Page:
Here’s another post simply to say: I KNOW WHERE I AM GOING TO BE FOR THE NEXT TWO YEARS!!!! So the way that they revealed where we were going was through an insane game of Pictionary. There were 5 teams, one giant map of Guyana with post-it notes all over it, and a room full of emotionally amped “adults” coated in our accustomed South American sweat. Each time a team guessed the picture correctly the drawer got to go up to the map and reveal a site where one of us was going. I have never been dripping sweat so aggressively while sitting in one spot in my entire life! I was revealed pretty quickly into the game, someone pointed to the farthest post-it note to the west and sure enough there I was. I will be serving in Waramuri village in Mourca, Region 1. I will be the only one in my group (GUY 28) going to that region.
From Georgetown (the capitol), I'll have to take a minibus for an hour to the Essequibo river and then across the 23 mile wide river on a speed boat, another hour long minibus ride to Charity, and then will have to take a boat up the Pomeroon river, out into the Atlantic to reach the river head for the Mourka River, which then runs through my village. Let’s just say that I have enough money to travel to the coast once a month haha. I work in a health center and will be living in a village with 432 members that are predominately Amerindian. I get to travel there next Saturday to see what the site is like, what the health center is like, and what projects my counterpart Dr. Lewis will have for me. The site doesn’t really have any running water, electricity, flushing toilets, or wifi capability. That being said though, I will have some limited cell access, because they have a tower, but I’m just not sure how reliable that signal will be. All that to say that I have grown accustomed to "gaffing" (creolese for chatting), liming (hanging out), and in general enjoying the silence since I've arrived. There is a simple beauty that comes with lack of amenities, that's for sure.
I am ridiculously pumped to be going somewhere new and with a lot to see, so it seems, but I am bummed that I will be 3 hours from my closest group member. The GUY 28 (30 of us) cohort has become family so quickly and the hugs, laughs, deep conversations, and random pranks/walks/secrets handshakes/squaaa poses are going to be desperately missed. It seems crazy to think that we’ll be so far apart after being together for the past 5 weeks here in Training, somehow when you force a group of 30 Americans to spend a ridiculous amount of time together in a foreign country they become instant soul mates, weird. Our sites range from the west coast to the east coast all the way down to the furthest point in Guyana known as Region 9, which is 18 hours away from me and of course 2 of the 5 of the Mainstay 5 are placed there...RIP Mainstay 5, RIP (Don't worry we've already made reunion plans); however, I get to come into town once a month to retrieve my monthly stipend which means that I get to see my host family once a month!! I’ve grown ridiculously attached to these kids and my host mom. The other day I was going to celebrate site placements with the Mainstay 5 volunteers at one of their houses and as I was leaving, Jaime, the 5-year-old, yells out after me, “I miss you every time you go Amber” as the rest of the family watched me walk down the street. Jerry, the 10-year-old, was getting ready to get in the shower (we all bathe in a line of youngest to oldest as we wait outside for each other) and he stopped and turned around, looked at me and said, “Amber, when you get to your new host family, you know that this is still your home right?” I just about melted in my spot, both times. They are such wonderful humans and it seems as if living with them is God's little message in the clouds saying, "I've got you kid, let's do this together". Okay I’ll leave this off with a few pictures of the family and the group.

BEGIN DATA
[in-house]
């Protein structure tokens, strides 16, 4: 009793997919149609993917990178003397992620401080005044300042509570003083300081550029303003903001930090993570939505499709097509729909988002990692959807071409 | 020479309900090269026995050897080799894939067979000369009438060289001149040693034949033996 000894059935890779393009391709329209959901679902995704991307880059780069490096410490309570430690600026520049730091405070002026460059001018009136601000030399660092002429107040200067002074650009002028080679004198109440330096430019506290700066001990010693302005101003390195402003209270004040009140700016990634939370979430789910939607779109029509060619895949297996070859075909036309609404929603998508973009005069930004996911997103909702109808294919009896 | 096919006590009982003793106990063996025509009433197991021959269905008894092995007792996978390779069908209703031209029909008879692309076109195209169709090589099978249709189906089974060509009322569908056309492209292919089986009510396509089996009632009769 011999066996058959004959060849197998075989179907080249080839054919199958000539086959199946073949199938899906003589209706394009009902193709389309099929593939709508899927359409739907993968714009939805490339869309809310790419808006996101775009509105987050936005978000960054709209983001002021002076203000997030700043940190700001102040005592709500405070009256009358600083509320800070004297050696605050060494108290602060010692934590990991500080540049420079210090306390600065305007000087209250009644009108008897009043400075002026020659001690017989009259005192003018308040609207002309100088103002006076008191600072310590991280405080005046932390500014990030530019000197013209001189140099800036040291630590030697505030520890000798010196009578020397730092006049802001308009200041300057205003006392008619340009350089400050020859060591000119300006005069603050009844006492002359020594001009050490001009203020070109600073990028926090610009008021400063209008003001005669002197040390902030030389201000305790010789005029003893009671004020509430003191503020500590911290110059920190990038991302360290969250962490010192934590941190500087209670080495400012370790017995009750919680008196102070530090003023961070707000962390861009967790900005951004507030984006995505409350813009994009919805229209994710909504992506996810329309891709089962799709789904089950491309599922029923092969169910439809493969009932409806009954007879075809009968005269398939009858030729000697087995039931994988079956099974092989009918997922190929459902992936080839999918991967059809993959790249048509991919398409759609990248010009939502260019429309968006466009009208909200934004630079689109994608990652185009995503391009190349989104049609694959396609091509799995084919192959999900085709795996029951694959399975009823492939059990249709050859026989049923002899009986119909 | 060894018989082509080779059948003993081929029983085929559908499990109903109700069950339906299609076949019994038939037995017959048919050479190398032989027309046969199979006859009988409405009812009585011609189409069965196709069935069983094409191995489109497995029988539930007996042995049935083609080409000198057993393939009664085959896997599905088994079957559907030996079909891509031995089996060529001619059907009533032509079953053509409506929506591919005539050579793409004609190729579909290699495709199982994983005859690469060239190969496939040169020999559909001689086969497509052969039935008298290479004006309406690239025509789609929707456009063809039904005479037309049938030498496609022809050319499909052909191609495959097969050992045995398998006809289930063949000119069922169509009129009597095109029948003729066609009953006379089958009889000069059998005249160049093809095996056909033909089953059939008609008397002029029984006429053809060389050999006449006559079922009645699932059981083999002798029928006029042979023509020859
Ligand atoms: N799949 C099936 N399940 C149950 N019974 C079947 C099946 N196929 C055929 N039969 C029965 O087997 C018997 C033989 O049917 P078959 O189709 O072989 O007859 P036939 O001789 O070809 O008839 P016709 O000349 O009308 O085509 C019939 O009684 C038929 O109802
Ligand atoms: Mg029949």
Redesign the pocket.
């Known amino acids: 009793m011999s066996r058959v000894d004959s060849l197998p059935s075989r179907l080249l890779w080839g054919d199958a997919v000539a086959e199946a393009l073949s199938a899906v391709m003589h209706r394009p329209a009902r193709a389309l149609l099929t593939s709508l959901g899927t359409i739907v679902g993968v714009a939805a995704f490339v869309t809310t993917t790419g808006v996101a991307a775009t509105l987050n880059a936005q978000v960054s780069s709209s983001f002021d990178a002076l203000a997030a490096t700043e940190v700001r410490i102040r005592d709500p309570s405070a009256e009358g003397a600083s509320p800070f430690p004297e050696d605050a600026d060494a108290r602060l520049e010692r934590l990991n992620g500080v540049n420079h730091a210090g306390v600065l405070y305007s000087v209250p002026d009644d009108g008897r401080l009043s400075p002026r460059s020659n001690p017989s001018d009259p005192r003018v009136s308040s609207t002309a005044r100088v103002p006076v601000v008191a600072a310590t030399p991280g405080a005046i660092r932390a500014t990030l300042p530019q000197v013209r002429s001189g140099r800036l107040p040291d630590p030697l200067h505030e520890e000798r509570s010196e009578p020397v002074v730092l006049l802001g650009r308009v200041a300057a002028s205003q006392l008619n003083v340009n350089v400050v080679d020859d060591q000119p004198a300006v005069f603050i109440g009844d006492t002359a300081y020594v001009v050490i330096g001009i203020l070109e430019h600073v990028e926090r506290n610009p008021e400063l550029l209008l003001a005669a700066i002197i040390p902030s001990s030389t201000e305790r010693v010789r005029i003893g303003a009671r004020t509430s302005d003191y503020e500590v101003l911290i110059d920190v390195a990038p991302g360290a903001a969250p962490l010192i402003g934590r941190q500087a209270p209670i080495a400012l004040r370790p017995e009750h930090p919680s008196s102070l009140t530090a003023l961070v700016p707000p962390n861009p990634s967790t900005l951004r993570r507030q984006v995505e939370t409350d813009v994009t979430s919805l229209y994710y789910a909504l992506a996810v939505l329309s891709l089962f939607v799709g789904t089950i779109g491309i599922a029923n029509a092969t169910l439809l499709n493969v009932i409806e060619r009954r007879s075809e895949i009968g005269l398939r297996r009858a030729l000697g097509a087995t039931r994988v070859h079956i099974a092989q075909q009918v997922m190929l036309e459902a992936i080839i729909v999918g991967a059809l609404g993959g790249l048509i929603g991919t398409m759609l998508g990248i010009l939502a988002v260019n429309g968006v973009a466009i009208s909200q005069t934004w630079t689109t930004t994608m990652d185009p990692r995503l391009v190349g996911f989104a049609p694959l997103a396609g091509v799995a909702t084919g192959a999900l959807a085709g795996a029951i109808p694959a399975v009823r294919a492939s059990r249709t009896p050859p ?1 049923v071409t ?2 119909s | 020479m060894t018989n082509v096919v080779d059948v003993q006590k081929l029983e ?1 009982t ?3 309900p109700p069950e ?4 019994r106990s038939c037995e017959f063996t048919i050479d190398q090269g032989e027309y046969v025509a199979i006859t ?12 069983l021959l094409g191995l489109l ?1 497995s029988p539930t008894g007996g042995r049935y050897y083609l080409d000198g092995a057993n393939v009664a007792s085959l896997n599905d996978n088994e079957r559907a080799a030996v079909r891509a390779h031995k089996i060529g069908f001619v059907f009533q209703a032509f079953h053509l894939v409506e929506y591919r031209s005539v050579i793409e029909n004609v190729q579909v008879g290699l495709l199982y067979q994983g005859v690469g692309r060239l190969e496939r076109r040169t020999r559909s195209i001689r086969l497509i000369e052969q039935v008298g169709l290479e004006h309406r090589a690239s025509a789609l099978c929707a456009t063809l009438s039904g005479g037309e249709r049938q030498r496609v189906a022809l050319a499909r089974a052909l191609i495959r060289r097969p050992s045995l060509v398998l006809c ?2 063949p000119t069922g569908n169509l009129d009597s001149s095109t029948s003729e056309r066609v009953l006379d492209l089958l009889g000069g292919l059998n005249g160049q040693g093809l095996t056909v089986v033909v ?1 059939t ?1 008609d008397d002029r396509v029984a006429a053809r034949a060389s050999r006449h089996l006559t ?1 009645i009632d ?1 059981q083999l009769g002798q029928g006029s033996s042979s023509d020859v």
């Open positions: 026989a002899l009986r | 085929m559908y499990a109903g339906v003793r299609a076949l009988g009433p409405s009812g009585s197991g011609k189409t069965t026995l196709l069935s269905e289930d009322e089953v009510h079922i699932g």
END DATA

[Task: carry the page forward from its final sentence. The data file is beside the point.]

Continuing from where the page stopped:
We were invited to an East Indian wedding one weekend and were able to dress in traditional garb to witness the ceremony!
Then we had a cultural day where we dressed in traditional Amerindian, African, and Indian garb and learned about norms and traditional practices done by each group.
This group is the OG Squaaa, we bonded on the first night in Miami chilling in a room as I played guitar and we exchanged jokes, and we have stuck together through the PST (Pre-Service Training) process.
Guys, this one is my host siblings (Kimberle, Jerry, Kindle, and Jaime). I already love them more than I should considering the small amount of time that I have known them. Each one of them is so ridiculously unique and adds this wonderful dynamic to one incredible family to be a part of.